Stena Line announced on Wednesday evening that it is moving its new vessel Stena Embla from Belfast Port and the Irish Sea route to the Rosslare-Cherbourg route.
This change of plan follows the company's announcement on 3 January that the vessel would begin service from Belfast shortly.
Stena claims the vessel has capacity for 3km of trucks and 175 cabins for drivers on the 24-hour crossing.
What isn’t clear from the Twitter announcement by Stena is if this is adding an extra boat to the route or just replacing an existing boat that is being withdrawn for maintenance.
Demand has increased significantly on the direct route to France from Rosslare Port, with a DFDS boat having been launched on the Rosslare to Dunkirk route at the start of January.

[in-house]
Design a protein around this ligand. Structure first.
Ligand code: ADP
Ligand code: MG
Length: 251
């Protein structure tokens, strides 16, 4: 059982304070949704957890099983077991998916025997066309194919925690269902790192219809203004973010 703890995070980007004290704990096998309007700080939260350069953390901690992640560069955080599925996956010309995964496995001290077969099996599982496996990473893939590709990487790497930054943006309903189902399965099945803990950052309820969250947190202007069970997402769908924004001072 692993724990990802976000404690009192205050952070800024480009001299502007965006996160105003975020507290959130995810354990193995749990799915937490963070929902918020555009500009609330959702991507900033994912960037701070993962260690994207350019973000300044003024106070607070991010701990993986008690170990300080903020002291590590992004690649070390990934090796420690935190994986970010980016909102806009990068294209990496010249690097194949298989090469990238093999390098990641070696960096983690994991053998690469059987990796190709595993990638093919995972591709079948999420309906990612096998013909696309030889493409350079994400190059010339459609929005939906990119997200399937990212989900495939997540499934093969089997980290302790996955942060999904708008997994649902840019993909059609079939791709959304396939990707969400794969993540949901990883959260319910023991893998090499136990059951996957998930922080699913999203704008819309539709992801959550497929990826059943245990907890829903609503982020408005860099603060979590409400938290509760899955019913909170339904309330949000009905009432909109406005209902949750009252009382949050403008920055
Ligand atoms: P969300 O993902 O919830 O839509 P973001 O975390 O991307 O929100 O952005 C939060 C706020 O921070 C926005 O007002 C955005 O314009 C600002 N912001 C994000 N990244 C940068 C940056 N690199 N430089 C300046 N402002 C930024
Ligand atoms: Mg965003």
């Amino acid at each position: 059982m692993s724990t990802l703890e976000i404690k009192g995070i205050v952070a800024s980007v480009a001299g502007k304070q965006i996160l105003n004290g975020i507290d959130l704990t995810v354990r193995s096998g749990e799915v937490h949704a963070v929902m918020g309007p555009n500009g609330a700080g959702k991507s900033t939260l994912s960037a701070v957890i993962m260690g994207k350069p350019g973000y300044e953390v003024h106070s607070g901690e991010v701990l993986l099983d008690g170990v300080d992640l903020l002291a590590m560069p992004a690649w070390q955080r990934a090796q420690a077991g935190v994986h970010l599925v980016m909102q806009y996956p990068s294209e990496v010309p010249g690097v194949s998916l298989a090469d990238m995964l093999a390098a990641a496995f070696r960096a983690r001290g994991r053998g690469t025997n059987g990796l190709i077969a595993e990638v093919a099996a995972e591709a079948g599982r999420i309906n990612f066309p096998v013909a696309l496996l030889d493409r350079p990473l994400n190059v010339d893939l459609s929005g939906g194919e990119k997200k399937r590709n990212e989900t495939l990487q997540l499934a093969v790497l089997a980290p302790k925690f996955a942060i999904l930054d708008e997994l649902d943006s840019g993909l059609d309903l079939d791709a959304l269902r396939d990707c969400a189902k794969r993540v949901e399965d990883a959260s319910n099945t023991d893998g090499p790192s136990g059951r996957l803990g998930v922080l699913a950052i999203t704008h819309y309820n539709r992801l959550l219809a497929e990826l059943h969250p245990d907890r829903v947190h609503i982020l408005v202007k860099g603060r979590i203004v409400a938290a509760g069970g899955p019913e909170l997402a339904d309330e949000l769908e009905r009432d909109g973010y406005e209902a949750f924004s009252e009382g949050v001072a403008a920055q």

Traditionally, Irish exporters to mainland Europe preferred the landbridge route through the UK because it was faster and cheaper as well as having greater capacity for trucks and perhaps most important of all a much more frequent schedule of boats.
At best, Rosslare had been offering one sailing per day, whereas the Dublin-Holyhead route had a sailing every few hours and there are hourly sailings from Dover.
Since 1 January there has been uncertainty with the landbridge route, and hauliers have been increasingly using the direct route to France from Rosslare. Sailings have been booked out several days in advance as a consequence.
When there is evidence of demand and boats operating at full capacity, ferry companies will quickly switch boats from one route to another.
Demand on the Irish Sea routes has been slow since the start of the year.